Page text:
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5 Steps for Writing a Clear Resignation Letter

Not everyone does it but writing a resignation letter is the professional thing to do when you leave a job. Writing, “I’m leaving, bye” isn’t the appropriate way to go about it. However, it doesn’t need to be a novel, nor should it.

Step one is to keep your resignation letter to a single page and make sure it includes the following key points:

  • The intent of leaving a job
  • Last date on the job
  • Appreciation to your employer
  • Openness to training replacement
  • Your contact details

Step two is to commit to writing a resignation letter

Not everyone wants to submit a resignation letter or go through the process of creating it. Writing doesn’t come naturally to everyone, and neither does having ample amounts of time. However, creating a paper trail can help with your exit and transition regarding passing on your responsibilities, receiving your final paycheck, and determining health insurance next steps.

Step three is to control the message about your departure

There is no guessing when you have your exit explanation in black and white. Writing a resignation letter gives your boss and human resources clarity on why you’re leaving and how your last couple of weeks with the company will go. It’s also a written blueprint you can use when preparing to have a face-to-face conversation about it.

Step four is to know what to say

Don’t drag it on. Treat the letter as a transactional notice. Briefly explain why you’re leaving. You can keep the reason general too. For example, “I’m leaving to further explore my career.”

Express your gratitude for the employer and your time there. If you want to recap some of the highlights from your time there briefly, that could fit nicely into the resignation letter.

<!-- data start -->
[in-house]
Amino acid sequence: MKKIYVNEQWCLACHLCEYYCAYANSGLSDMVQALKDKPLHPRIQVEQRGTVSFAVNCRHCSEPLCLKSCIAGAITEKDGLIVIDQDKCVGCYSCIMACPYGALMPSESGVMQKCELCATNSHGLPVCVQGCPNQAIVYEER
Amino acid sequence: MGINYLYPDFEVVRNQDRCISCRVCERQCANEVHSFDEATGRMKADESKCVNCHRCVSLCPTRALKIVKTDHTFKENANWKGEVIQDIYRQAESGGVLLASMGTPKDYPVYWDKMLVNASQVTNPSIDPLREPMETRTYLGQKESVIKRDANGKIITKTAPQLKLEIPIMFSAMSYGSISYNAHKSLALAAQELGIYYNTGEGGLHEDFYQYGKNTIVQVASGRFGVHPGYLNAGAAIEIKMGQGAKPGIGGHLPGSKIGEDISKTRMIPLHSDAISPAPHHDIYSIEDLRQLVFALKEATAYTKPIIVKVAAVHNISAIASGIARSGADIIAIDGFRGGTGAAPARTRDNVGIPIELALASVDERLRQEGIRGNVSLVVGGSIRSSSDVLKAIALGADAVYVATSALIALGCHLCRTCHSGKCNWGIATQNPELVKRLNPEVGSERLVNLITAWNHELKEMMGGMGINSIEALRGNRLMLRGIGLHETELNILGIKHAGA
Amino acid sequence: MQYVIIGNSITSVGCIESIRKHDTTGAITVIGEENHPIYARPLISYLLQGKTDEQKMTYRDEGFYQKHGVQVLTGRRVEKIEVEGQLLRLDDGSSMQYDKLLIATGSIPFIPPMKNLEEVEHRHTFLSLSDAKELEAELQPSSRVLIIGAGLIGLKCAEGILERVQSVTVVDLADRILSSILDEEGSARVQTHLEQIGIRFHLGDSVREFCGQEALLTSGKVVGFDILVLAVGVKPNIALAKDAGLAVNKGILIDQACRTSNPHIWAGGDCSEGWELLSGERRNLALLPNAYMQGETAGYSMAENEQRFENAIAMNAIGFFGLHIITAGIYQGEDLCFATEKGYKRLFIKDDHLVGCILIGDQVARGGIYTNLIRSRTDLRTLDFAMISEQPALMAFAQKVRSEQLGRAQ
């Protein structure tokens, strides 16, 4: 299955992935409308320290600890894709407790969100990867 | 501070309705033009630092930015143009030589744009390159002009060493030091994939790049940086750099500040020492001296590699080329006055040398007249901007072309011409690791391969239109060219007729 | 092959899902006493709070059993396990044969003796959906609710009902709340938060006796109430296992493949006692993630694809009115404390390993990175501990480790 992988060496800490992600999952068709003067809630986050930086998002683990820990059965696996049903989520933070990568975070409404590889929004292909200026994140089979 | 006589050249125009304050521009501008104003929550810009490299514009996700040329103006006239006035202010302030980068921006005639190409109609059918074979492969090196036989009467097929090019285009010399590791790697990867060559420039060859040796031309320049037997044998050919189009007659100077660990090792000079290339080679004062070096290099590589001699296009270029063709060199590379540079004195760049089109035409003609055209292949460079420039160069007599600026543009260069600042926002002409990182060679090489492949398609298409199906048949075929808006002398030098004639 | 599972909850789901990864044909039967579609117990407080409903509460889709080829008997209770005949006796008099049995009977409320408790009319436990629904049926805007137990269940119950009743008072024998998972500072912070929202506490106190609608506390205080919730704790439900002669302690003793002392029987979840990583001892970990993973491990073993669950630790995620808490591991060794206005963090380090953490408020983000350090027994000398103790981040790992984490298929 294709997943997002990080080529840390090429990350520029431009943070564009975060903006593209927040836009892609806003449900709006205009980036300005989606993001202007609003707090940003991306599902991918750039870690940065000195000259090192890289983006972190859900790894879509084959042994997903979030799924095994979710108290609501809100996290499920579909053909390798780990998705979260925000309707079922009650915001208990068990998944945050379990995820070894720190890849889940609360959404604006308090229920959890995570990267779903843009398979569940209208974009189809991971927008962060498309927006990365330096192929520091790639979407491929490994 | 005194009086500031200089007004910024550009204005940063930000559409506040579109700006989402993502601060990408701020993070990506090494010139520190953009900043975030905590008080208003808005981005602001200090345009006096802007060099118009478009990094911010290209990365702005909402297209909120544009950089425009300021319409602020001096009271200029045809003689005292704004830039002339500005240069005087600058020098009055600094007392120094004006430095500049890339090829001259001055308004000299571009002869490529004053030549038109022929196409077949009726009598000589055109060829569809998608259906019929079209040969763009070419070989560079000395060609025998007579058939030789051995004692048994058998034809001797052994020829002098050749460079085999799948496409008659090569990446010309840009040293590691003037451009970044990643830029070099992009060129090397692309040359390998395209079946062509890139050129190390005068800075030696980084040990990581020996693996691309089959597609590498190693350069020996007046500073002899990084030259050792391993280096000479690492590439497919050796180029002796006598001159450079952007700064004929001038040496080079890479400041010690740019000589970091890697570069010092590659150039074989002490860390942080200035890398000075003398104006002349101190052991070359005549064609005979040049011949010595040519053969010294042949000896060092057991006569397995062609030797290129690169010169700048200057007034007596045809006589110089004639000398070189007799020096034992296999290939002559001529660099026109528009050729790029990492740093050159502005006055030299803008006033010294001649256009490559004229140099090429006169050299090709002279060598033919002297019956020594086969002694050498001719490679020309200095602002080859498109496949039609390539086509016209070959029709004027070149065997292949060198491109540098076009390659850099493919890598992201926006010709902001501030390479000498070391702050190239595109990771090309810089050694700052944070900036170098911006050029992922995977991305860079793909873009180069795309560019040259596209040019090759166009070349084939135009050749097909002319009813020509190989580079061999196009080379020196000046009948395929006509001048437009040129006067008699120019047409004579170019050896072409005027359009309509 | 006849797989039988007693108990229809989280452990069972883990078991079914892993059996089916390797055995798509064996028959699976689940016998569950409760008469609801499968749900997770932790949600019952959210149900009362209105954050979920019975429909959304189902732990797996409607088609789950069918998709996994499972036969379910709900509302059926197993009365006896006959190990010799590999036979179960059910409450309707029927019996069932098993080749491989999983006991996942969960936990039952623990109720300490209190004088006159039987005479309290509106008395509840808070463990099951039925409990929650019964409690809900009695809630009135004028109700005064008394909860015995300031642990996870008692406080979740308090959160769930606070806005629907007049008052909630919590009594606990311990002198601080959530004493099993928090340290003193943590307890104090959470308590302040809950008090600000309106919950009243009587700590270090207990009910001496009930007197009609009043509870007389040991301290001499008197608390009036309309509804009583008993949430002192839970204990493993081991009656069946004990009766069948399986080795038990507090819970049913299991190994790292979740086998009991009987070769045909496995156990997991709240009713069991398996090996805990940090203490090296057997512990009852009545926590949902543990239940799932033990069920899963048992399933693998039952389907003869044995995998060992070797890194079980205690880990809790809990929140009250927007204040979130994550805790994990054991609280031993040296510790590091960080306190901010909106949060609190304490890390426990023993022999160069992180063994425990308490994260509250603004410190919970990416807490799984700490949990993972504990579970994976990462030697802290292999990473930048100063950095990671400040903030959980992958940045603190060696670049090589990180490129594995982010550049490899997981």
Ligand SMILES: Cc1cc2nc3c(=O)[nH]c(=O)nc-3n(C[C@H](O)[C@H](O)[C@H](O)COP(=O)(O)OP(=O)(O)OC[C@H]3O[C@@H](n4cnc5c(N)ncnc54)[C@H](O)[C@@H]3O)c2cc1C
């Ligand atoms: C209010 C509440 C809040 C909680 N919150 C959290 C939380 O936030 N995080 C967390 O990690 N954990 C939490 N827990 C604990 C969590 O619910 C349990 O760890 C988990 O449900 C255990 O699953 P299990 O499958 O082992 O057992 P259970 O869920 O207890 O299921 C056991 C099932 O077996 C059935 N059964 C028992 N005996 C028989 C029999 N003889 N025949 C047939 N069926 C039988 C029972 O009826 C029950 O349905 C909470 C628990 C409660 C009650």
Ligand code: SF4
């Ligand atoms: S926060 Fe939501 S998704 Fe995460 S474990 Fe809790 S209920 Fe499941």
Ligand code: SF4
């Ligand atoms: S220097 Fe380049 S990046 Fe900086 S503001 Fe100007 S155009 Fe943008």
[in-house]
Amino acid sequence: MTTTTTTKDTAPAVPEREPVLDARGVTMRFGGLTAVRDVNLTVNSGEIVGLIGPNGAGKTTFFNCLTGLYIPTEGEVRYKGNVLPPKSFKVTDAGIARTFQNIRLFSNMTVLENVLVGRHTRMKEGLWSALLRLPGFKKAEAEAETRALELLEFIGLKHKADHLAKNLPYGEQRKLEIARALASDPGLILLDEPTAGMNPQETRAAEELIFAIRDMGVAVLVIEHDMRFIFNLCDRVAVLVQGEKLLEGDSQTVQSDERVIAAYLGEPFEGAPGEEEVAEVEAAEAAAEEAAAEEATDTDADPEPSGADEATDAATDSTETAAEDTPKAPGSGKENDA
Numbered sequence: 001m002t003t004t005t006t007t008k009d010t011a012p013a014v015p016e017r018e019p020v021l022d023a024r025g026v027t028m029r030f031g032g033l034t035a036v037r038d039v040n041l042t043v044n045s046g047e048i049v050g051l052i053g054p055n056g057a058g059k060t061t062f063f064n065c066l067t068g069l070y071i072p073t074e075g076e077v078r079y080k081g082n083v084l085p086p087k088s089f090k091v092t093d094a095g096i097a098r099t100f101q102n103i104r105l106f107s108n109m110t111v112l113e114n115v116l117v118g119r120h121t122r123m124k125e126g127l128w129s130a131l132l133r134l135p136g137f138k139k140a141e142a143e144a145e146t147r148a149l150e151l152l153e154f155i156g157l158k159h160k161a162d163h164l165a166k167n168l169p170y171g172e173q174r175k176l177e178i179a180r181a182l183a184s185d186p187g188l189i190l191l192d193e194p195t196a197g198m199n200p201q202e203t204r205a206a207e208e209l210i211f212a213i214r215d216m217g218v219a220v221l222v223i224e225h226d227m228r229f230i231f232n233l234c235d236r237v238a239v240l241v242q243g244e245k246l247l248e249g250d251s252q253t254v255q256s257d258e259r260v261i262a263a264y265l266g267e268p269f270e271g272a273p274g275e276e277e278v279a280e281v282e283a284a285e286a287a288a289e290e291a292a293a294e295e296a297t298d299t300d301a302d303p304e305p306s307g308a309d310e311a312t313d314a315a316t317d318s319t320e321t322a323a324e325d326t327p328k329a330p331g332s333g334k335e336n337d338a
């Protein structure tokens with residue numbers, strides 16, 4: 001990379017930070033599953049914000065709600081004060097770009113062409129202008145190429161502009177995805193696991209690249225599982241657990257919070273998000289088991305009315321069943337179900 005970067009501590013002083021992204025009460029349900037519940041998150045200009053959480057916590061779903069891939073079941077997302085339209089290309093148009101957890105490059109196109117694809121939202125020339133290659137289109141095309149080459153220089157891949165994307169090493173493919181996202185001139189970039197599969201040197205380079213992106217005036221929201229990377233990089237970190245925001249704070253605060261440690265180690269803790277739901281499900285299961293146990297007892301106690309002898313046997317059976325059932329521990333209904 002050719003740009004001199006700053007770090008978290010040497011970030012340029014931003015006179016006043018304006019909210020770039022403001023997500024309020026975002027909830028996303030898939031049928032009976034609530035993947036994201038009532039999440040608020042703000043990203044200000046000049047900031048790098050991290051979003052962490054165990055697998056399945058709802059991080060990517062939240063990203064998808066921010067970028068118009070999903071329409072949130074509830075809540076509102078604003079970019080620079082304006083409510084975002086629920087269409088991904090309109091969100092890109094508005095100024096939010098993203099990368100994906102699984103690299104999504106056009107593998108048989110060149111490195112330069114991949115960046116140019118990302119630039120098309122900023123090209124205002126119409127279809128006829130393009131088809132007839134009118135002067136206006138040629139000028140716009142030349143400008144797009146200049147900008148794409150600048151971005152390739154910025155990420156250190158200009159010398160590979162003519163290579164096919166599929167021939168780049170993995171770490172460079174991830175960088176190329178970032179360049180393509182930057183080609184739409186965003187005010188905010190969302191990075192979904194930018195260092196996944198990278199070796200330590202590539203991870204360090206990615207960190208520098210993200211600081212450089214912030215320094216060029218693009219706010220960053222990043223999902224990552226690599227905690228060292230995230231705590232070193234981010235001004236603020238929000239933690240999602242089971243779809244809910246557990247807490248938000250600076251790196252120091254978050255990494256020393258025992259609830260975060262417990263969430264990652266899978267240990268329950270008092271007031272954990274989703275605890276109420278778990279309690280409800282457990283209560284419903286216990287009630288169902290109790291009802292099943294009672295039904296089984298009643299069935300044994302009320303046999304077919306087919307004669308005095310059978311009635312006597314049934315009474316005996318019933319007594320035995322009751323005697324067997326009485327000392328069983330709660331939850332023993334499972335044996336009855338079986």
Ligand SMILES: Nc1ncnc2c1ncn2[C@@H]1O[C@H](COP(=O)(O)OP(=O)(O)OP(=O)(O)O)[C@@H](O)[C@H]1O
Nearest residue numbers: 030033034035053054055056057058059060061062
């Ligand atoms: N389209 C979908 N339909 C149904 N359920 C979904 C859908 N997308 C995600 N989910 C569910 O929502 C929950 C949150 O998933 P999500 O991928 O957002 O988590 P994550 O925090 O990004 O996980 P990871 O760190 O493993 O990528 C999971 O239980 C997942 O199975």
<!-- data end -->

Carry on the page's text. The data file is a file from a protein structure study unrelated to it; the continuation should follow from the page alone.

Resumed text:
Complete the letter with your date of departure, how you plan to transition your role to the next person or a colleague taking on the responsibilities, and your contact information if you need to be reached after you leave.

Step five is to know what to avoid

Once something is in writing, it lives on in infamy. Most likely, your employer will file it away and possibly refer to it down the life if a reference is requested. With this in mind, control the narrative of what goes into that reference and avoid doing this:

  • Providing the downsides of the job (if you feel the need to share this information with your employer, do so during an exit interview)
  • Giving a detailed explanation of why you’re leaving
  • Sending a letter that hasn’t been proofread (sending a letter with errors comes across as unprofessional and unprepared – not the way you want to go out)
  • Bragging about the next move you’re making
  • Writing overly emotional statements (don’t use the terms I feel or I think – it doesn’t need to be excessively personal, keep the letter as professional as possible)

The tone of your resignation letter will differ depending on the situation. However, below is a general example of a good, standard resignation letter.

Dear (supervisor/HR contact),

Please accept this as my resignation letter from my job as (job title) at (company), effective (date).

My career goals have changed since I started working here, and the time has come for me to pursue another opportunity and further explore my career elsewhere.

I appreciate the opportunities you granted me during my time at (company). Please let me know how I can assist in the transition. I hope we can stay in touch moving forward. Thank you for everything.

Are resignation letters a part of your professional etiquette when leaving a job? Join the conversation on LinkedIn and check out Responding to Inappropriate Interview Questions.